The Use and Influences of Indicators in European Sustainable Transport Policy
C Hedegaard Sorensen, H Gudmundsson, Technical University of Denmark, DK
Research shows that the use of indicators is limited. Two cases of use, influence of indicators in European sustainable transport policy has been carried out, one European and one national. The cases indicate extensive use and limited influence.
Indicators are produced all over. Although, indicators are knowledge adapted to policy making, research in the use of knowledge, science and decision support information for policy making has often found that to a large extent such input is ignored by political decision makers, or used in totally different ways than expected, even in cases where the information has been directly targeted to policy making.
POINT (Policy Influence of Indicators) is a research project within the EU's 7th framework program for research dealing with the use and influence of indicators in various sectors. The project is now close to finalization. Within the project a study has been carried out on the use and influence of indicators in sustainable transport policy, and that is what this paper will look into. The paper explores if indicators are used at all, how they are used, and why they become influential or not. It further goes into causes for use and influence.The paper looks at two cases of indicators applied for strategic policy making within the broader context of ?sustainable transport? aspirations, one at national level in Sweden and one at the level of the European Union.
The first case concerns indicators on the fulfillment of the national transport policy objectives in Sweden. The case study explores the use and influence of an annual indicator based evaluation report produced by SIKA, an agency within the Swedish Department of Enterprise, Energy and Communications. SIKA existed until 2010, when it was replaced by a new agency with the same function, Transport Analysis. The SIKA reports were submitted to Government and Parliament to inform on progress with regard to the objectives and were also distributed to the wider public audience.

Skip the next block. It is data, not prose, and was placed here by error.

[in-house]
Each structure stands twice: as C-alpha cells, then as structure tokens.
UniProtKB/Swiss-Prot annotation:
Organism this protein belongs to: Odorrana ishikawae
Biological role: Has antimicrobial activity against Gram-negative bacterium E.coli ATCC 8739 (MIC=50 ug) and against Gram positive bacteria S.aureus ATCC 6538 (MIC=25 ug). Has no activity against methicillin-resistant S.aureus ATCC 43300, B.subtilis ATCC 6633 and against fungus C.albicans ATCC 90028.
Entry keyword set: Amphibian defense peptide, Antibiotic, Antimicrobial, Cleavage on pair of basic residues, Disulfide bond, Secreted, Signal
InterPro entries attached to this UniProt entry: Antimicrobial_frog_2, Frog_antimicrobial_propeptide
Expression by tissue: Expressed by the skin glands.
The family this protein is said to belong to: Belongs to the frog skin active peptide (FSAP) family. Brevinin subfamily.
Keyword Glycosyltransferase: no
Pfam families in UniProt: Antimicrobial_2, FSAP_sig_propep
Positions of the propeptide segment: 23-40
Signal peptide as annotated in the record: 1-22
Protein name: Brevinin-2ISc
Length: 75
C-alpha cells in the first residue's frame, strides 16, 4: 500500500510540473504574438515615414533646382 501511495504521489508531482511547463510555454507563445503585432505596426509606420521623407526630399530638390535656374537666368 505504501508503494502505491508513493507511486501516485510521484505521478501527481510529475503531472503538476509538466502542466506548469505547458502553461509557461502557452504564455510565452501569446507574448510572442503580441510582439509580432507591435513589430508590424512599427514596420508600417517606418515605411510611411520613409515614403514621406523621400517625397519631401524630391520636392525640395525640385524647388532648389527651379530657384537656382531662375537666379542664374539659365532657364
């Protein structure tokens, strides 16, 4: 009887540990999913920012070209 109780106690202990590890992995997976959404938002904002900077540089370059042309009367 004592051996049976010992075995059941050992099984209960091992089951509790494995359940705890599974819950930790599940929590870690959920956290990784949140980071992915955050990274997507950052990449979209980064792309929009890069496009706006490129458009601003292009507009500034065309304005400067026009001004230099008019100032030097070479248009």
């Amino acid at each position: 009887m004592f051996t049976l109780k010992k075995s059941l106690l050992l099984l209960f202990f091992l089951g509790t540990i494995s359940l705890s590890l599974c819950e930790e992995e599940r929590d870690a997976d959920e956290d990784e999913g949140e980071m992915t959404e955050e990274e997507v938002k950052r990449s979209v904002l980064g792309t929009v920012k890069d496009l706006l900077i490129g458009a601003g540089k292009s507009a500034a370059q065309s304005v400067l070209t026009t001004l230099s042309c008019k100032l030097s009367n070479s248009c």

The second case deals with indicators used to perform a mid-term review in 2006 (Keep Europe Moving) of the European Commission's transport policy 2001 White Paper (Time to Decide). We study the use and influence of the partly indicator based study "ASSESS" conducted as a one-time effort undertaken by a group of consultants in close collaboration with the European Commission's DG TREN service (now DG MOVE) in the period 2005-2006.
In the paper we distinguish between use, influence and roles of indicators, as well as causes for use and influence. Indicators can have instrumental, conceptual, symbolic, and process roles. Drivers behind indicator use and influence are grouped in three areas that each provides sets of possible explanatory factors, namely indicator factors, user factors and policy. Both case studies are based on reviews of key policy documents and indicator reports, as well as semi-structured research interviews with selected informants (civil servants, politicians, experts) on both the indicator user and producer side.
Results from the study shows that in both cases indicators are used. In the Swedish case, indicators are used for the Budget proposition, in planning documents, by governmental agencies and external stakeholders in hearings, in the Swedish Department of Enterprise, Energy and Communications and to limited extent by politicians. Also in the EU case, indicators are used. Hence the ASSESS indicators were heavily applied in the midterm review, Keep Europe Moving and in the Impact Assessment of Keep Europe Moving.
When it comes to influence, the picture is more diverse. In the Swedish case, we do not find any influence through the instrumental role of indicators, but some degree of influence through the conceptual (civil servants' as well as politicians' reading of SIKA's indicator report impacts on their knowledge and awareness of specific topics), symbolic (the report in itself confirms political goals and values) and process roles (the existence of the SIKA report increases transport agencies awareness of performance). In the EU case, we do experience policy influence through the instrumental role of indicators (policy objectives are changed from 2001 White Paper to 2006-Mid-term review), while also some degree of influence through the process role was discovered (use of indicators in policy making in European transport policy was increased due to experiences with ASSESS).
As to causes of indicator use and influence, it seems that indicators attached to quantitative political objectives achieves more attention that indicators that are not, as also indicators including evaluation of goal achievement are more applied compared to indicators not including such evaluations (indicator factors). Involvement of policy makers in indicator design and production seems also to increase use and influence; establishing of trust seems to be important (user factors). Finally, the existence of a regime of management by objectives and results seems to increase use, but not necessarily influence of indicators (policy factors).
Association for European Transport